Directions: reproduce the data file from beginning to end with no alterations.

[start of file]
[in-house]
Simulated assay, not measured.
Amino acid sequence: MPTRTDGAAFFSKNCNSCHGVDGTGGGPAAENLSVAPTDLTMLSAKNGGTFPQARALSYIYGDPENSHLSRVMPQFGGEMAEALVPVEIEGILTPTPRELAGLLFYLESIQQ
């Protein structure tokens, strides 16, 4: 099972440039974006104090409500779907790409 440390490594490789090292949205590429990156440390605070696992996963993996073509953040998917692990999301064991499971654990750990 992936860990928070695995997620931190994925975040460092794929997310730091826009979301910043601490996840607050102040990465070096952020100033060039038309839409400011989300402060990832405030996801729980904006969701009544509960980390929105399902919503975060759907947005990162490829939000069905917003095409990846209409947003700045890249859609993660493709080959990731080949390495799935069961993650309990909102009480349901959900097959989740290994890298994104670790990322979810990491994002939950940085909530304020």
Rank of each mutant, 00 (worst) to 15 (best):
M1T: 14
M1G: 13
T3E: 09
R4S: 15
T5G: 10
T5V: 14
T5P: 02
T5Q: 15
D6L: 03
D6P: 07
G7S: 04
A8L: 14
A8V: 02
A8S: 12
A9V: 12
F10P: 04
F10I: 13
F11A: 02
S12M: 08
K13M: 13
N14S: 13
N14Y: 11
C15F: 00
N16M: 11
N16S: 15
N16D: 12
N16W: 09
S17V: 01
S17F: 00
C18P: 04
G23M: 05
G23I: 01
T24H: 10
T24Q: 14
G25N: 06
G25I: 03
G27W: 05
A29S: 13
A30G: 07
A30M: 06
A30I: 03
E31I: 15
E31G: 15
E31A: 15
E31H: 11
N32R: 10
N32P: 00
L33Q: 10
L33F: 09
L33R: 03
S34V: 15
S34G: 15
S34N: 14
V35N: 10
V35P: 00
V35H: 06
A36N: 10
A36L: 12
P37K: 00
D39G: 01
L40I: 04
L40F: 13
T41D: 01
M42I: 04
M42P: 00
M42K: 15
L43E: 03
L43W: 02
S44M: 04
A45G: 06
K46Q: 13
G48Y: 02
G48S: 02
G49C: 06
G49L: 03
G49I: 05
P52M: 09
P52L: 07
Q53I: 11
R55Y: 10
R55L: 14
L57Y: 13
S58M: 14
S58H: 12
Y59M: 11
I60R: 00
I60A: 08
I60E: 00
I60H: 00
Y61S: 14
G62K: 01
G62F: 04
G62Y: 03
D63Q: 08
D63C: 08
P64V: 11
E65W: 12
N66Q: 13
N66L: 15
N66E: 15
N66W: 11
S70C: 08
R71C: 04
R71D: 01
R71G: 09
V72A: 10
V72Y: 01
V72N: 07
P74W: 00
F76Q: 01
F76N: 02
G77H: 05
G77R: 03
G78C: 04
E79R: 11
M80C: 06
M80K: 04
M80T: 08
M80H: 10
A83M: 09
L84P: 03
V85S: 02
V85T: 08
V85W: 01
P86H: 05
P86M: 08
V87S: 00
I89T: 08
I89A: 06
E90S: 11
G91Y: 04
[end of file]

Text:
[in-house]
Simulated assay, not measured.
Amino acid sequence: MPTRTDGAAFFSKNCNSCHGVDGTGGGPAAENLSVAPTDLTMLSAKNGGTFPQARALSYIYGDPENSHLSRVMPQFGGEMAEALVPVEIEGILTPTPRELAGLLFYLESIQQ
């Protein structure tokens, strides 16, 4: 099972440039974006104090409500779907790409 440390490594490789090292949205590429990156440390605070696992996963993996073509953040998917692990999301064991499971654990750990 992936860990928070695995997620931190994925975040460092794929997310730091826009979301910043601490996840607050102040990465070096952020100033060039038309839409400011989300402060990832405030996801729980904006969701009544509960980390929105399902919503975060759907947005990162490829939000069905917003095409990846209409947003700045890249859609993660493709080959990731080949390495799935069961993650309990909102009480349901959900097959989740290994890298994104670790990322979810990491994002939950940085909530304020």
Rank of each mutant, 00 (worst) to 15 (best):
M1T: 14
M1G: 13
T3E: 09
R4S: 15
T5G: 10
T5V: 14
T5P: 02
T5Q: 15
D6L: 03
D6P: 07
G7S: 04
A8L: 14
A8V: 02
A8S: 12
A9V: 12
F10P: 04
F10I: 13
F11A: 02
S12M: 08
K13M: 13
N14S: 13
N14Y: 11
C15F: 00
N16M: 11
N16S: 15
N16D: 12
N16W: 09
S17V: 01
S17F: 00
C18P: 04
G23M: 05
G23I: 01
T24H: 10
T24Q: 14
G25N: 06
G25I: 03
G27W: 05
A29S: 13
A30G: 07
A30M: 06
A30I: 03
E31I: 15
E31G: 15
E31A: 15
E31H: 11
N32R: 10
N32P: 00
L33Q: 10
L33F: 09
L33R: 03
S34V: 15
S34G: 15
S34N: 14
V35N: 10
V35P: 00
V35H: 06
A36N: 10
A36L: 12
P37K: 00
D39G: 01
L40I: 04
L40F: 13
T41D: 01
M42I: 04
M42P: 00
M42K: 15
L43E: 03
L43W: 02
S44M: 04
A45G: 06
K46Q: 13
G48Y: 02
G48S: 02
G49C: 06
G49L: 03
G49I: 05
P52M: 09
P52L: 07
Q53I: 11
R55Y: 10
R55L: 14
L57Y: 13
S58M: 14
S58H: 12
Y59M: 11
I60R: 00
I60A: 08
I60E: 00
I60H: 00
Y61S: 14
G62K: 01
G62F: 04
G62Y: 03
D63Q: 08
D63C: 08
P64V: 11
E65W: 12
N66Q: 13
N66L: 15
N66E: 15
N66W: 11
S70C: 08
R71C: 04
R71D: 01
R71G: 09
V72A: 10
V72Y: 01
V72N: 07
P74W: 00
F76Q: 01
F76N: 02
G77H: 05
G77R: 03
G78C: 04
E79R: 11
M80C: 06
M80K: 04
M80T: 08
M80H: 10
A83M: 09
L84P: 03
V85S: 02
V85T: 08
V85W: 01
P86H: 05
P86M: 08
V87S: 00
I89T: 08
I89A: 06
E90S: 11
G91Y: 04